A dentist has great power and responsibility when it comes to skin cancer – here’s how they are helping to save lives.
The Australasian Academy of Dento-Facial Aesthetics (AADFA) has just put a spotlight on Aussie dentists and their duty when it comes to detecting skin cancers, saying that dentists have the greatest advantage over most health care professionals regarding early detection.
AADFA Director and Head Trainer, Dr Myles Holt, says “when you think about it, dentists see more patients than any other health practitioner when they think they’re healthy, as we do checkups every 4-6 months, and as part of that we’re now encouraging dentists just to ask the question “do you use sunscreen every day?” to help combat some of the statistics we’re seeing from the Cancer Council. 2 in 3 patients before the age of 70 are getting some form of skin cancer.
“So dentists with further training are able to identify and screen for some of these issues. Now we’re not saying that they become specialists in diagnosing skin cancer but it doesn’t take much extra training just to spot that something looks suspicious in a general checkup and then refer it onto a dermatologist.”
“Industry has changed a lot, and we now look at the whole head and neck area, and we take photographs as part of our usual routine of treatment and we can track those photographs. So what we’re asking dentists to do now is really step up more into a general health screening and preventative role rather than just teeth and gums, and really use their expertise to help patients way more than we used to.”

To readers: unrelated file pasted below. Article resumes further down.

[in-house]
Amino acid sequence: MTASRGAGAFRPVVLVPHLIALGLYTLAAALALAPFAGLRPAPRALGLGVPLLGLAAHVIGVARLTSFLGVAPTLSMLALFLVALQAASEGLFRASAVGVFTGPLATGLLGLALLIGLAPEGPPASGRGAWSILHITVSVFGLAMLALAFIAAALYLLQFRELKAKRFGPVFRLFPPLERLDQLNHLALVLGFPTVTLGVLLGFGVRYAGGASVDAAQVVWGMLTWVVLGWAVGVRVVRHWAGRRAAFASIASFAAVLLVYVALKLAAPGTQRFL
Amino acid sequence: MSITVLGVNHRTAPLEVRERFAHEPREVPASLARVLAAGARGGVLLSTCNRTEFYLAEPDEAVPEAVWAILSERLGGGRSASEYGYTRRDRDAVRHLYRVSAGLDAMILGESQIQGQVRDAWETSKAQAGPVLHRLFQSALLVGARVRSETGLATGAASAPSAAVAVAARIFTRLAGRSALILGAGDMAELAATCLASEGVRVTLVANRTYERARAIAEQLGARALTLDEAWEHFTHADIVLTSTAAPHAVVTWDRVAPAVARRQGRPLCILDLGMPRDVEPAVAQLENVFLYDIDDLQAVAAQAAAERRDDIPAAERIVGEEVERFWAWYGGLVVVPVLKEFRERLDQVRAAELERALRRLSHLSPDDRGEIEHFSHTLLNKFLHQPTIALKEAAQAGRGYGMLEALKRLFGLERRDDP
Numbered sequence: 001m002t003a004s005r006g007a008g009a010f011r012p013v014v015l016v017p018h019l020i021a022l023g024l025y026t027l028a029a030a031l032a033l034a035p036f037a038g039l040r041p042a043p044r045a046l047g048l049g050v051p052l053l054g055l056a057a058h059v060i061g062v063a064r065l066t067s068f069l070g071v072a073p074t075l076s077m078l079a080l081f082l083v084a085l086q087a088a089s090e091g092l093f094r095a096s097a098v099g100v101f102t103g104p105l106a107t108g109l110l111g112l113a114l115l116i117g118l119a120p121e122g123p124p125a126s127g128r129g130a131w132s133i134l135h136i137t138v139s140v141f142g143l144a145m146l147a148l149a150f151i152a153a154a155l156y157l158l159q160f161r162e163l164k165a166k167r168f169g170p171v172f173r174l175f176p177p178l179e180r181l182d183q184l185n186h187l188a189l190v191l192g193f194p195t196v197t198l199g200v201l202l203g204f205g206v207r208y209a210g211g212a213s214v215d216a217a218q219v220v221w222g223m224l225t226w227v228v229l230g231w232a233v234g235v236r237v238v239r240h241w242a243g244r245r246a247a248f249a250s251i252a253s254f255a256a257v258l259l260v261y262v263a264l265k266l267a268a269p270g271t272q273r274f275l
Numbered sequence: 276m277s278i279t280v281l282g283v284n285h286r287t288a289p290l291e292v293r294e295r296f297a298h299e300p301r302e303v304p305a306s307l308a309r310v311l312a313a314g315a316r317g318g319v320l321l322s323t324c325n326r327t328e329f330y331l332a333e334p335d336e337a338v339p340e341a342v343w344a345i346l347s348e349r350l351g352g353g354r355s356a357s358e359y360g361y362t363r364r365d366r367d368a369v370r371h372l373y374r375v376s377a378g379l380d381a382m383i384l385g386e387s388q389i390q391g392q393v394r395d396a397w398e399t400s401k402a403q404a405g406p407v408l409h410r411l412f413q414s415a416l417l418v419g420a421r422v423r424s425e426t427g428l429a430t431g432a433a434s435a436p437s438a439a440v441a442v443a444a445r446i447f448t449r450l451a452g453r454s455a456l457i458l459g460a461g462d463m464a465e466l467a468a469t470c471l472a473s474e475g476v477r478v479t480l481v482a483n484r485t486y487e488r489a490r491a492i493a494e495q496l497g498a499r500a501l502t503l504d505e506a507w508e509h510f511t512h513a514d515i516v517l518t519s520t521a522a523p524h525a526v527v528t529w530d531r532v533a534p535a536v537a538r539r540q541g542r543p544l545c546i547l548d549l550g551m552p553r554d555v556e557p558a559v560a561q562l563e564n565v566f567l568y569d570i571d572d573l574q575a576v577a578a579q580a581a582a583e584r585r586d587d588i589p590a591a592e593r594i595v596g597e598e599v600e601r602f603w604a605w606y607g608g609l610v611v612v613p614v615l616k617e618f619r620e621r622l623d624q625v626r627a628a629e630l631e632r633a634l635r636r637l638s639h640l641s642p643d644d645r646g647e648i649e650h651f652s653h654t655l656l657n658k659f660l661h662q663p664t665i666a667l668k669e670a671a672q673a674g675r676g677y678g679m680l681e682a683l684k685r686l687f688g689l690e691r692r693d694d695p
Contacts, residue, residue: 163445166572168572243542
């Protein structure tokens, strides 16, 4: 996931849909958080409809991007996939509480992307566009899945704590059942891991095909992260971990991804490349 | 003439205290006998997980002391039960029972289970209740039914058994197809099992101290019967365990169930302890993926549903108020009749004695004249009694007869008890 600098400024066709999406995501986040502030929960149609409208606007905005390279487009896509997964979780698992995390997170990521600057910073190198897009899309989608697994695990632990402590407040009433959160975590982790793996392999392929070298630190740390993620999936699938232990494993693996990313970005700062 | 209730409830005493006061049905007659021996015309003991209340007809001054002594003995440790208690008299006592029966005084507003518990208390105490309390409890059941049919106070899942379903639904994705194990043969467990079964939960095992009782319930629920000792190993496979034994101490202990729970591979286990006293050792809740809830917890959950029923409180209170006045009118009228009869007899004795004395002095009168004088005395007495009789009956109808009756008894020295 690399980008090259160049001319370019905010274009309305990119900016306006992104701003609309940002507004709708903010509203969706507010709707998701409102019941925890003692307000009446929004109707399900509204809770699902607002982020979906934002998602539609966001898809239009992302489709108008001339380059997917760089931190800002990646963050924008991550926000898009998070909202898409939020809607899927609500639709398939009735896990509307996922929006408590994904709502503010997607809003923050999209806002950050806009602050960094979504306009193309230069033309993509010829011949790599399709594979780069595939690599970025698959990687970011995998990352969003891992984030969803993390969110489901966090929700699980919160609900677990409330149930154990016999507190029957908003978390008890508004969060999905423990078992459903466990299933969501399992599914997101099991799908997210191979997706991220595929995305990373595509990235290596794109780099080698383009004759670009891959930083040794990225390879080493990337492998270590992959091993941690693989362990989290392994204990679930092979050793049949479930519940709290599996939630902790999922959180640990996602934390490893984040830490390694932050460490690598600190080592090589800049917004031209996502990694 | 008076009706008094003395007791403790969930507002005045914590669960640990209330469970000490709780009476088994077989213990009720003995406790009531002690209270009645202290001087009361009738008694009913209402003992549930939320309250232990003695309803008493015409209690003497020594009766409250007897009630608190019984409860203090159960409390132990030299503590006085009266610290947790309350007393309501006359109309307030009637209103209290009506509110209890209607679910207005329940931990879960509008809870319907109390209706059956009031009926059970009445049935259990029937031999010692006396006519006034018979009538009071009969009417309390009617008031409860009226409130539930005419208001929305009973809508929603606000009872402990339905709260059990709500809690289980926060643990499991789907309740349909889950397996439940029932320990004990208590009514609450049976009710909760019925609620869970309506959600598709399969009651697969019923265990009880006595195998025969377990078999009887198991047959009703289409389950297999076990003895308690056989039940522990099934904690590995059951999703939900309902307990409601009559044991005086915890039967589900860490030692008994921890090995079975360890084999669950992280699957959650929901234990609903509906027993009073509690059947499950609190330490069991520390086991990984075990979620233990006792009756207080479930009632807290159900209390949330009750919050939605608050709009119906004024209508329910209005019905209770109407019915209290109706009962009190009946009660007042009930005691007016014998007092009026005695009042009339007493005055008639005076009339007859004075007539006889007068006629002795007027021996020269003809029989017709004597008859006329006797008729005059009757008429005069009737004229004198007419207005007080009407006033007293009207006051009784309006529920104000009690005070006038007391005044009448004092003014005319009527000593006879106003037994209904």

Holt says of their 3000 member base around the country, there have been several cases where dentists have screened their patients in a general routine dental examination, found something suspicious and referred it on, and it has turned out to be Basal Cell Carcinoma or Melanoma, so beyond just the teeth and gums, these dentists have ended up making a real impact in patients’ lives.
“Our members will be asking patients if they use sunscreen every day and reminding them of the importance of sun protection. While it may seem strange to some patients that their dentist is asking them about sunscreen, what many people don’t realise is that a growing number of Australian dentists are also qualified skincare experts.”
The Australian Dental Association agrees, saying that all dentists play an important screening process role. An ADA spokesperson recently told 7News “we have the opportunity to review and assess patients on a fairly regular basis compared to a lot of health professionals, and that screening does not just involve teeth and inside the mouth, it starts from looking at the skin and soft tissues of the whole head and neck area, so that screening role is a really vital role that dentists can play.”